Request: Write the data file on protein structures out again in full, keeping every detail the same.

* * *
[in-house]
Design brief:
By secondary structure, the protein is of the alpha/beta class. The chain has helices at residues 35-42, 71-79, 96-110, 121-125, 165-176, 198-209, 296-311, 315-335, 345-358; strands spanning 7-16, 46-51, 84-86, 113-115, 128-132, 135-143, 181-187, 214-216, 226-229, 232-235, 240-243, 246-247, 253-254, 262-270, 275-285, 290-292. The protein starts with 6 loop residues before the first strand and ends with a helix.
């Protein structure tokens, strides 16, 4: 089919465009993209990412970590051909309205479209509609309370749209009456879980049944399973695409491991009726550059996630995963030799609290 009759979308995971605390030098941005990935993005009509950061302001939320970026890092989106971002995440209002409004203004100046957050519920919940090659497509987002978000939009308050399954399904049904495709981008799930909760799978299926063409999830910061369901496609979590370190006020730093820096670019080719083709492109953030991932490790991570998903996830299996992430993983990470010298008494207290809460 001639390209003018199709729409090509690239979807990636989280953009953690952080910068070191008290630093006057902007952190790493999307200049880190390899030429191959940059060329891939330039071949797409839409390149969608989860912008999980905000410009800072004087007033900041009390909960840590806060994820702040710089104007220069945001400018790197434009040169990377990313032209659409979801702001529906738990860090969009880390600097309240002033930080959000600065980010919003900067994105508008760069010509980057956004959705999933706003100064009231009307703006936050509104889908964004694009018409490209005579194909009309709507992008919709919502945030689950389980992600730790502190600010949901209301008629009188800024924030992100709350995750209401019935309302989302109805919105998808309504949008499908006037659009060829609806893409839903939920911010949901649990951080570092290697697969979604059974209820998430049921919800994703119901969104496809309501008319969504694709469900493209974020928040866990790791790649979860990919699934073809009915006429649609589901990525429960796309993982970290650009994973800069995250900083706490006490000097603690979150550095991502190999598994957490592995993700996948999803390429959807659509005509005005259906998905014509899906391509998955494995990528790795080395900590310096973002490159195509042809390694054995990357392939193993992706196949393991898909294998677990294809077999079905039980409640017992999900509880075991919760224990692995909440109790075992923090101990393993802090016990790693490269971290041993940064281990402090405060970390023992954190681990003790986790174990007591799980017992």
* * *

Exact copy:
[in-house]
Design brief:
By secondary structure, the protein is of the alpha/beta class. The chain has helices at residues 35-42, 71-79, 96-110, 121-125, 165-176, 198-209, 296-311, 315-335, 345-358; strands spanning 7-16, 46-51, 84-86, 113-115, 128-132, 135-143, 181-187, 214-216, 226-229, 232-235, 240-243, 246-247, 253-254, 262-270, 275-285, 290-292. The protein starts with 6 loop residues before the first strand and ends with a helix.
């Protein structure tokens, strides 16, 4: 089919465009993209990412970590051909309205479209509609309370749209009456879980049944399973695409491991009726550059996630995963030799609290 009759979308995971605390030098941005990935993005009509950061302001939320970026890092989106971002995440209002409004203004100046957050519920919940090659497509987002978000939009308050399954399904049904495709981008799930909760799978299926063409999830910061369901496609979590370190006020730093820096670019080719083709492109953030991932490790991570998903996830299996992430993983990470010298008494207290809460 001639390209003018199709729409090509690239979807990636989280953009953690952080910068070191008290630093006057902007952190790493999307200049880190390899030429191959940059060329891939330039071949797409839409390149969608989860912008999980905000410009800072004087007033900041009390909960840590806060994820702040710089104007220069945001400018790197434009040169990377990313032209659409979801702001529906738990860090969009880390600097309240002033930080959000600065980010919003900067994105508008760069010509980057956004959705999933706003100064009231009307703006936050509104889908964004694009018409490209005579194909009309709507992008919709919502945030689950389980992600730790502190600010949901209301008629009188800024924030992100709350995750209401019935309302989302109805919105998808309504949008499908006037659009060829609806893409839903939920911010949901649990951080570092290697697969979604059974209820998430049921919800994703119901969104496809309501008319969504694709469900493209974020928040866990790791790649979860990919699934073809009915006429649609589901990525429960796309993982970290650009994973800069995250900083706490006490000097603690979150550095991502190999598994957490592995993700996948999803390429959807659509005509005005259906998905014509899906391509998955494995990528790795080395900590310096973002490159195509042809390694054995990357392939193993992706196949393991898909294998677990294809077999079905039980409640017992999900509880075991919760224990692995909440109790075992923090101990393993802090016990790693490269971290041993940064281990402090405060970390023992954190681990003790986790174990007591799980017992």